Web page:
It is crucial for debaters to have read the articles in this section, which provide essential information and arguments for and against the debate motion. Students will be expected to have additional evidence and examples derived from independent research, but they can expect to be criticised if they lack a basic familiarity with the issues raised in the essential reading.
Michael Specter New Yorker 16 November 2015
John Harris Guardian 2 December 2015
Jessica Griggs New Scientist 26 September 2015
Matt Ridley The Times 7 September 2015
Sarah Norcross Guardian 6 September 2015
Marcy Darnovsky Guardian 4 December 2015
Callum MacKeller Scotsman 11 November 2015
Michael Hanlon Telegraph 2 September 2015
Anthony Wrigley & Ainsley Newson The Conversation 31 March 2015
Definitions of key concepts that are crucial for understanding the topic. Students should be familiar with these terms and the different ways in which they are used and interpreted and should be prepared to explain their significance.
Useful websites and materials that provide a good starting point for research.
A Cecile JW Janssens H-Plus Magazine 14 December 2015
G Owen Schaefer The Conversation 7 December 2015
Clive Cookson Financial Times 6 December 2015
Francis Fukuyama New York Daily News 4 December 2015
Fergus Walsh BBC News 3 December 2015
Ed Yong Atlantic 2 December 2015
Fergus Walsh BBC News 1 December 2015
Michael Specter New Yorker 12 November 2015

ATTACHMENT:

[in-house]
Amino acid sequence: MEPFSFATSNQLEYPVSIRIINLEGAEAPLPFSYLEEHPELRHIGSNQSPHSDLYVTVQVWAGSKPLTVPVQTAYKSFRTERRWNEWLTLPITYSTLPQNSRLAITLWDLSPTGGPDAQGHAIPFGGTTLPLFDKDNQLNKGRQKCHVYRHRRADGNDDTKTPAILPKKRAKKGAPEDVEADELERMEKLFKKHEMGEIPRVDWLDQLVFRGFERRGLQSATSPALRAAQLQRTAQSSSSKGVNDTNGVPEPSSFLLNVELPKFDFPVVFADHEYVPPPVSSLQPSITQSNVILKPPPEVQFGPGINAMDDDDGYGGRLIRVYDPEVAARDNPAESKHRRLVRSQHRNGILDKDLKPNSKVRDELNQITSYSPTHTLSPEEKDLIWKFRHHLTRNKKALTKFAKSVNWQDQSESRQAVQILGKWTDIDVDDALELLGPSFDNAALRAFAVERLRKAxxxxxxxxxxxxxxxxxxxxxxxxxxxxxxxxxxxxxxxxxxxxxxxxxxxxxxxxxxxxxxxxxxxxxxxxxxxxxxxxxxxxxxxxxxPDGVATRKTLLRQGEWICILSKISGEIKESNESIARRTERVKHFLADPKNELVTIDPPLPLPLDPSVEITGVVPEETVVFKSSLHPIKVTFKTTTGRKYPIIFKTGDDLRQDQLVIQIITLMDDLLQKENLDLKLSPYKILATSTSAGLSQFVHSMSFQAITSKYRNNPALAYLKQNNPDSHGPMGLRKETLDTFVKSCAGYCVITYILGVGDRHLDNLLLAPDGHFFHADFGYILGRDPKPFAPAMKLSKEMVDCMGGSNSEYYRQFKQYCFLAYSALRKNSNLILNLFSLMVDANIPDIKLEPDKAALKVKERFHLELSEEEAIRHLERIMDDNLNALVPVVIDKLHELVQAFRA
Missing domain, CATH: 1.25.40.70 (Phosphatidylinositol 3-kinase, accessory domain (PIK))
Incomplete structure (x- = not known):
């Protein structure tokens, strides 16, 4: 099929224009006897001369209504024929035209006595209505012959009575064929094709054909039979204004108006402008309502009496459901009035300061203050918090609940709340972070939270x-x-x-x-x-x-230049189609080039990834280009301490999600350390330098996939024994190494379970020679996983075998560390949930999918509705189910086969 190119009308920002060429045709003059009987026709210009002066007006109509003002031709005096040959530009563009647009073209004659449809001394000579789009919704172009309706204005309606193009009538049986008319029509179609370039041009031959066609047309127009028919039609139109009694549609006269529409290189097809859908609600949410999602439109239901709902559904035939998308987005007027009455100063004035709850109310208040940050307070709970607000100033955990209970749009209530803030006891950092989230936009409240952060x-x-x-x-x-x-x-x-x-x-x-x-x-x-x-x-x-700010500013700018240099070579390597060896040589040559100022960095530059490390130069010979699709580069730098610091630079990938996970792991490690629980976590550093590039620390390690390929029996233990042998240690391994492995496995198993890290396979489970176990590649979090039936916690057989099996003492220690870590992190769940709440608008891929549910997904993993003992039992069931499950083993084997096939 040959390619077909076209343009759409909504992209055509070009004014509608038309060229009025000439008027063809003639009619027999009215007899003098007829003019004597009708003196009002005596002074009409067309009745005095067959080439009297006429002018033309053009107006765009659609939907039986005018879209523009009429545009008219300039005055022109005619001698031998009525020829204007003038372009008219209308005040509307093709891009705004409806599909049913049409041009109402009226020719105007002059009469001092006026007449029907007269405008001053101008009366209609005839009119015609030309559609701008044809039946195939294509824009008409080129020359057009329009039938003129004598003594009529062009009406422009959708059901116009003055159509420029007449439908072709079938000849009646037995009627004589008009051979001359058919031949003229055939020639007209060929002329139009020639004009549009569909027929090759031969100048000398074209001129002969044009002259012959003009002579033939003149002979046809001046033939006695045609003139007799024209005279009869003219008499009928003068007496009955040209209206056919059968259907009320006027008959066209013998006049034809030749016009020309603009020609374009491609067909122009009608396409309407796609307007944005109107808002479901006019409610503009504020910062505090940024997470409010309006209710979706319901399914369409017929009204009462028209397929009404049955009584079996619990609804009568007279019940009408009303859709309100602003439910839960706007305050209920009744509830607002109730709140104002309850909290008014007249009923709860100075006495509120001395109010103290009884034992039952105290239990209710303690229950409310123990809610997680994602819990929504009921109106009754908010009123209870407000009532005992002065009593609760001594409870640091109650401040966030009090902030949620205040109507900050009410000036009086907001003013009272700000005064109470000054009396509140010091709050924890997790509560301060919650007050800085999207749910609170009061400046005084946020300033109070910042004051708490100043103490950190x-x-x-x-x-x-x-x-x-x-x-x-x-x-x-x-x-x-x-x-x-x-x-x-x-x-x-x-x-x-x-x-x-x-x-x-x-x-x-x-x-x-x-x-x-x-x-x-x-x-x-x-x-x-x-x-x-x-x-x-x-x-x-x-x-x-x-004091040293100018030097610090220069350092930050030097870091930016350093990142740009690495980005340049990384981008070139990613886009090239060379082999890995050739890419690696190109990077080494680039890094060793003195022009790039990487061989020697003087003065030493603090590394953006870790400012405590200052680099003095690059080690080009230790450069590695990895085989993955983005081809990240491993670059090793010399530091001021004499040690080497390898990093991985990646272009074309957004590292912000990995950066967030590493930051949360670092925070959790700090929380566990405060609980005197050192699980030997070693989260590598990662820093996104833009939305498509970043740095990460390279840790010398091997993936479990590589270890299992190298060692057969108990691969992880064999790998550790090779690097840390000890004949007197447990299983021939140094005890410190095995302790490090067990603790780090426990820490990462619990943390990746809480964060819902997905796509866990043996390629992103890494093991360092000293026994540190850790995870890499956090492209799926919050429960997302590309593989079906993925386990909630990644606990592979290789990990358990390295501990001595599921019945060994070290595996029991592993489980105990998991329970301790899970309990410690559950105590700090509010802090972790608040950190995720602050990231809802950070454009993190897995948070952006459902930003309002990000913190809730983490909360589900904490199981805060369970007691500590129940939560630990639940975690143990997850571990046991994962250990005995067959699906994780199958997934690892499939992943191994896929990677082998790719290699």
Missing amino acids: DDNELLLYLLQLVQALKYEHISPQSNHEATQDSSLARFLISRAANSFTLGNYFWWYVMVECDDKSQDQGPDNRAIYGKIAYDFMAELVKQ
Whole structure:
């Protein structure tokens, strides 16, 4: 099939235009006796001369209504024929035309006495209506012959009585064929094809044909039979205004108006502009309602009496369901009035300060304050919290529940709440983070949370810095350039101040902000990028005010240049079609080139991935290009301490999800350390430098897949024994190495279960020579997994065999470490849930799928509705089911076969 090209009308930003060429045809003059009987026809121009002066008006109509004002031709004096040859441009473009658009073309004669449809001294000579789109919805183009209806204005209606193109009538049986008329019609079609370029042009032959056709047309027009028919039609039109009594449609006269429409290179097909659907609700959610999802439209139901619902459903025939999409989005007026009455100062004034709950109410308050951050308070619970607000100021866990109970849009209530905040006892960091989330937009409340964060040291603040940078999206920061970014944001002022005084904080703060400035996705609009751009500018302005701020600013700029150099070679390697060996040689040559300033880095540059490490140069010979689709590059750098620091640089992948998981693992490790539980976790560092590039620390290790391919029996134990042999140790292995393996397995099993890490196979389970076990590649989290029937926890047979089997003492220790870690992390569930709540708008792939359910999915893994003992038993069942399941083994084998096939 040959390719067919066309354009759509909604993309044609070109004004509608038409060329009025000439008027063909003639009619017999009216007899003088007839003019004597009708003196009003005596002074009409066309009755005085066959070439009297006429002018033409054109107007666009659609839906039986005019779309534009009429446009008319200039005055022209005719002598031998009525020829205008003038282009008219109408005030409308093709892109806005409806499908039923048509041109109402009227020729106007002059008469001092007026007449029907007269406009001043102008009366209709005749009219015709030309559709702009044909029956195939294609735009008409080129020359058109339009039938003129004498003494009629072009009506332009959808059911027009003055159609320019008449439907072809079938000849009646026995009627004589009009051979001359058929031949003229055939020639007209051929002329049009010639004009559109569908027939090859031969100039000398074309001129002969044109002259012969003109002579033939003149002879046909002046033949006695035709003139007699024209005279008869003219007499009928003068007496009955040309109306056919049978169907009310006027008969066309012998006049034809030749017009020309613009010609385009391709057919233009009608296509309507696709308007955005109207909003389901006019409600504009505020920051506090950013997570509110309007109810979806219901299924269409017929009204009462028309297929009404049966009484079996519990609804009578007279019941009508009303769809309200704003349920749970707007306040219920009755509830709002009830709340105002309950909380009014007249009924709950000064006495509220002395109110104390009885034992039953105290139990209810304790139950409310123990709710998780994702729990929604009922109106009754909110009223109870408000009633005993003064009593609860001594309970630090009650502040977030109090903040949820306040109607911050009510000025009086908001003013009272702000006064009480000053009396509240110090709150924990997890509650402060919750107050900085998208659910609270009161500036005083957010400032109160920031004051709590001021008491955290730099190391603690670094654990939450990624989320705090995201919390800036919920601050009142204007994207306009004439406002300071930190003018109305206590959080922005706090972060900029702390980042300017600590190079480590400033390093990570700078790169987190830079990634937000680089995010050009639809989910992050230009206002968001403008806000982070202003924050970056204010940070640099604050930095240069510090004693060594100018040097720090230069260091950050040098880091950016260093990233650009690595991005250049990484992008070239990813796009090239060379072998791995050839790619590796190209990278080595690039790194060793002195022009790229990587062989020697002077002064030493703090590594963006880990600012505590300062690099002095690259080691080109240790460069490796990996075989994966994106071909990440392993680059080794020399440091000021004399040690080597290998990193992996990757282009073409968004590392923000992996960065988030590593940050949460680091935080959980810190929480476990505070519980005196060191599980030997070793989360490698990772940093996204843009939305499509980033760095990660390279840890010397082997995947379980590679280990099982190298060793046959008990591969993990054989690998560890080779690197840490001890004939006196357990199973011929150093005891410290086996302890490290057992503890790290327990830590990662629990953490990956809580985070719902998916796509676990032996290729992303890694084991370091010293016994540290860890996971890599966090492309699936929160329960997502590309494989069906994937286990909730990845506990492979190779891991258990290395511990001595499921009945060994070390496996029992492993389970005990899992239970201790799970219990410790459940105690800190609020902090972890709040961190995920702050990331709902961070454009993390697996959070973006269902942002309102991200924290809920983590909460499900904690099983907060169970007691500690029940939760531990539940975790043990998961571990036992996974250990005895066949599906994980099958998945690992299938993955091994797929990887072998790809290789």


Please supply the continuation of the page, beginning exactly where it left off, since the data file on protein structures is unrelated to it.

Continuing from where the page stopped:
Michael Le Page New Scientist 11 November 2015
Vivek Wadha Huffington Post 9 September 2015
Guardian 2 September 2015
Economist 22 August 2015
Zoe Corbyn Guardian 10 May 2015
Penny Sarchet New Scientist 29 April 2015
David Cyranoski & Sara Reardon Nature 22 April 2015
Edward Lanphier et al Nature 12 March 2015
Links to organisations, campaign groups and official bodies who are referenced within the Topic Guide or which will be of use in providing additional research information.
IN THE NEWS
Relevant recent news stories from a variety of sources, which ensure students have an up to date awareness of the state of the debate.
Guardian 18 December 2015
Al Jazeera 4 December 2015
BBC News 1 December 2015
Telegraph 30 November 2015
Independent 30 November 2015
Guardian 28 November 2015
Russia Today 7 November 2015
BBC News 6 November 2015
BBC News 5 November 2015
Telegraph 5 November 2015
Guardian 18 September 2015
Wellcome Trust 10 September 2015
BBC News 13 May 2015
Telegraph 23 April 2015
The Times 16 November 2013
The Times 8 November 2013